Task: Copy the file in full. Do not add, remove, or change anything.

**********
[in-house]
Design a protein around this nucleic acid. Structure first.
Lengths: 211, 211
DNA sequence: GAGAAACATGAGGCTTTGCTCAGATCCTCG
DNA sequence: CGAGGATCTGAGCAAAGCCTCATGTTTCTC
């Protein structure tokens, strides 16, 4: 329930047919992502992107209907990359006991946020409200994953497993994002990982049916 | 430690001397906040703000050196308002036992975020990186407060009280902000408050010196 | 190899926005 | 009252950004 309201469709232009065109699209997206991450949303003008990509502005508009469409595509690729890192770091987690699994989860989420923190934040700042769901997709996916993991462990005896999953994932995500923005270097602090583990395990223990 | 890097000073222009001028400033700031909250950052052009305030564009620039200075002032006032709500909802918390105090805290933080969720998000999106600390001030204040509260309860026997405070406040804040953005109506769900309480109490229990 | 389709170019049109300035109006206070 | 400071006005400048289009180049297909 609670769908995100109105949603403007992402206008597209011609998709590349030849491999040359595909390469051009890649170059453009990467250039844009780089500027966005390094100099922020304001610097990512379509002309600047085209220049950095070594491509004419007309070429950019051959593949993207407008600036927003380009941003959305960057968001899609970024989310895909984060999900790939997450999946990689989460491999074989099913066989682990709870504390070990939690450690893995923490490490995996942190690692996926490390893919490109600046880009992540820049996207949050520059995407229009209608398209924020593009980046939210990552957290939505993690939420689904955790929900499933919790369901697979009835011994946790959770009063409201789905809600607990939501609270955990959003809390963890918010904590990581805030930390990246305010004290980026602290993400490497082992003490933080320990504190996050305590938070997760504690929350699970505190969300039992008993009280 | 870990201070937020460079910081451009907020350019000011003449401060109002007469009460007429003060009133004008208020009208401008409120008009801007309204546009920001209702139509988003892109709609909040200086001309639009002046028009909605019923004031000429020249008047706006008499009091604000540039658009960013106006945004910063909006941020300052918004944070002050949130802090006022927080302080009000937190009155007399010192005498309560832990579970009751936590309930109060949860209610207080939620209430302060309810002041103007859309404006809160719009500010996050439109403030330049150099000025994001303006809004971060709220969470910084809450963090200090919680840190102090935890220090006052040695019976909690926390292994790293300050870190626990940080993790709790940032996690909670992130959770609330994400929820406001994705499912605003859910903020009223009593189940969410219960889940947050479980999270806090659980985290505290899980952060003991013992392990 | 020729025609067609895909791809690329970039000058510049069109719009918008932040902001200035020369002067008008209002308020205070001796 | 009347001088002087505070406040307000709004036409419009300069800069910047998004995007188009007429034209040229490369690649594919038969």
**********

[in-house]
Design a protein around this nucleic acid. Structure first.
Lengths: 211, 211
DNA sequence: GAGAAACATGAGGCTTTGCTCAGATCCTCG
DNA sequence: CGAGGATCTGAGCAAAGCCTCATGTTTCTC
């Protein structure tokens, strides 16, 4: 329930047919992502992107209907990359006991946020409200994953497993994002990982049916 | 430690001397906040703000050196308002036992975020990186407060009280902000408050010196 | 190899926005 | 009252950004 309201469709232009065109699209997206991450949303003008990509502005508009469409595509690729890192770091987690699994989860989420923190934040700042769901997709996916993991462990005896999953994932995500923005270097602090583990395990223990 | 890097000073222009001028400033700031909250950052052009305030564009620039200075002032006032709500909802918390105090805290933080969720998000999106600390001030204040509260309860026997405070406040804040953005109506769900309480109490229990 | 389709170019049109300035109006206070 | 400071006005400048289009180049297909 609670769908995100109105949603403007992402206008597209011609998709590349030849491999040359595909390469051009890649170059453009990467250039844009780089500027966005390094100099922020304001610097990512379509002309600047085209220049950095070594491509004419007309070429950019051959593949993207407008600036927003380009941003959305960057968001899609970024989310895909984060999900790939997450999946990689989460491999074989099913066989682990709870504390070990939690450690893995923490490490995996942190690692996926490390893919490109600046880009992540820049996207949050520059995407229009209608398209924020593009980046939210990552957290939505993690939420689904955790929900499933919790369901697979009835011994946790959770009063409201789905809600607990939501609270955990959003809390963890918010904590990581805030930390990246305010004290980026602290993400490497082992003490933080320990504190996050305590938070997760504690929350699970505190969300039992008993009280 | 870990201070937020460079910081451009907020350019000011003449401060109002007469009460007429003060009133004008208020009208401008409120008009801007309204546009920001209702139509988003892109709609909040200086001309639009002046028009909605019923004031000429020249008047706006008499009091604000540039658009960013106006945004910063909006941020300052918004944070002050949130802090006022927080302080009000937190009155007399010192005498309560832990579970009751936590309930109060949860209610207080939620209430302060309810002041103007859309404006809160719009500010996050439109403030330049150099000025994001303006809004971060709220969470910084809450963090200090919680840190102090935890220090006052040695019976909690926390292994790293300050870190626990940080993790709790940032996690909670992130959770609330994400929820406001994705499912605003859910903020009223009593189940969410219960889940947050479980999270806090659980985290505290899980952060003991013992392990 | 020729025609067609895909791809690329970039000058510049069109719009918008932040902001200035020369002067008008209002308020205070001796 | 009347001088002087505070406040307000709004036409419009300069800069910047998004995007188009007429034209040229490369690649594919038969």